It's also important that the pieces of all the archetypes are in the colors, so you can mix and match a bit. In Eldritch Moon the strongest archetype was Blue/Red Spells. But if Blue or Red wasn't open, you could swap one color or the other for a black package with a bunch of removal spells (Dead Weight also triggers prowess, Murder untaps Thermo Alchemists). So if you wanted, you could make Black/Red Spells or Black/Blue Spells and do pretty OK. So don't think these archetypes are set in stone. You're going to be playing 23 or 24 cards, and some of them won't be on archetype. And that's OK.

Also I don't have good names for most of these. The folks at WotC have made a cycle of 10 gold cards at Uncommon that give you a hint as to what the designers think your archetype should be doing. They aren't all good cards, and the designers have been wrong before about how to play an effective color combination (the Eldritch Moon team apparently thought you were going to play Black/White as a token deck, which was ineffective), but it's a good place to start.

A note on Chase Commons: while every archetype is going to be after different cards because they fit into their game plan, there are also cards that every archetype in that color is going to be after simply because they are good cards. Every Red deck is going to want Welding Sparks because it's 3 for 3 instant speed removal with upside. It doesn't matter if they are doing a Red/Blue combo deck or a White/Red aggro deck, they are going to draft Welding Sparks early rather than late. While archetype role player cards showing up late in the pack is evidence of the archetype being open, chase commons showing up late in the pack are evidence of the entire color being open. If you haven't decided what your second color is by pick four and a Welding Sparks comes to you, you should take it and anticipate getting some tasty Red cards in pack three because obviously Red is pretty open in your seat.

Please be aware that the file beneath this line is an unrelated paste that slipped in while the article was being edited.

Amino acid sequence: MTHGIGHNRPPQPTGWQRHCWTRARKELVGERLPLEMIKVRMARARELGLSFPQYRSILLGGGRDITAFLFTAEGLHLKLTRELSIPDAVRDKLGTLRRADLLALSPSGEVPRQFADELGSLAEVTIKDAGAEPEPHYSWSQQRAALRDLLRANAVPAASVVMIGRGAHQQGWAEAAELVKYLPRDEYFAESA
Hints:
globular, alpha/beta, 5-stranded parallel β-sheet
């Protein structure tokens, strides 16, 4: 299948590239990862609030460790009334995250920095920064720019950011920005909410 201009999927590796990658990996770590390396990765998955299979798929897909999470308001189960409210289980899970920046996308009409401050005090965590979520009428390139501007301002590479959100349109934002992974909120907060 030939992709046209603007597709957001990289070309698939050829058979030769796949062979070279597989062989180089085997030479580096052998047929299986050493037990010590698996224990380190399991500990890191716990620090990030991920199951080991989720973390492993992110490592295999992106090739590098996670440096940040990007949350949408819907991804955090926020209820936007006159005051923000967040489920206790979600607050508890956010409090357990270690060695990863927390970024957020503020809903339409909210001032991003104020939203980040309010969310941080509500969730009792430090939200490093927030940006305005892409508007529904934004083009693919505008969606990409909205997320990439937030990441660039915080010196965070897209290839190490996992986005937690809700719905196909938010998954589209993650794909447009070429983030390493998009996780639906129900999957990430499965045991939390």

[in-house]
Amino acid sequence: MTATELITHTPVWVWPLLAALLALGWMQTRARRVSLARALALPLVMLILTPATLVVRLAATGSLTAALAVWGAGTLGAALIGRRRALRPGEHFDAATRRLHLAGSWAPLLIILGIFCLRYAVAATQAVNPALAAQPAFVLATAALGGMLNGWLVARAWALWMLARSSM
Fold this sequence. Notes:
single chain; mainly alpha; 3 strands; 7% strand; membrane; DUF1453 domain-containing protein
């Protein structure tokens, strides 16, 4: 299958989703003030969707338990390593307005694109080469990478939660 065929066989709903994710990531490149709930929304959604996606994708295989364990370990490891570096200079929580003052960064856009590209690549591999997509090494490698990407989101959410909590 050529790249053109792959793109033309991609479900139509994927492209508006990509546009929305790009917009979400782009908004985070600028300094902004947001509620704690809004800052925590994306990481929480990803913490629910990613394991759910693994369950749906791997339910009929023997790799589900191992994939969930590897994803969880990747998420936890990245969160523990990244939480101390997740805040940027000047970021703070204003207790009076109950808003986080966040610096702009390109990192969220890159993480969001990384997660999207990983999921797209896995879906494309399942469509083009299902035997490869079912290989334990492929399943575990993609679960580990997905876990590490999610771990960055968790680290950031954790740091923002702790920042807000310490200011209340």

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B/U: Go Big


The Contraband Kingpin gives you life, slows the board down, and durdles like mad with incidental scry effects. Black/Blue ends up doing a lot of that, which means that really what you're looking for is moar durdle, ways to trade off or stall the board, and big fucking creatures.

There's a definite "artifacts matter" subtheme to this archetype. I mean, the whole set has a lot of artifacts matter cards, but it's more pronounced in Black/Blue Go Big. You are probably going to find yourself in Black/Blue because you opened sick rares, because the whole archetype seems weakly supported to me. You are trying to drag things out long enough to cast something that costs 6 or 7 mana and win the game that way, so you're probably going to be running 17 lands.

Target Commons:
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B/W: Grindy Value



Your mission as Black/White is to trade your cards at a slightly better than 1 for 1 exchange rate with your opponent until your increased board presence can crush your opponent. You want cards that can trade up and cards that give you something when or after they trade so that you can ratchet up incremental advantage until you win by acclamation.

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B/G: Going Tall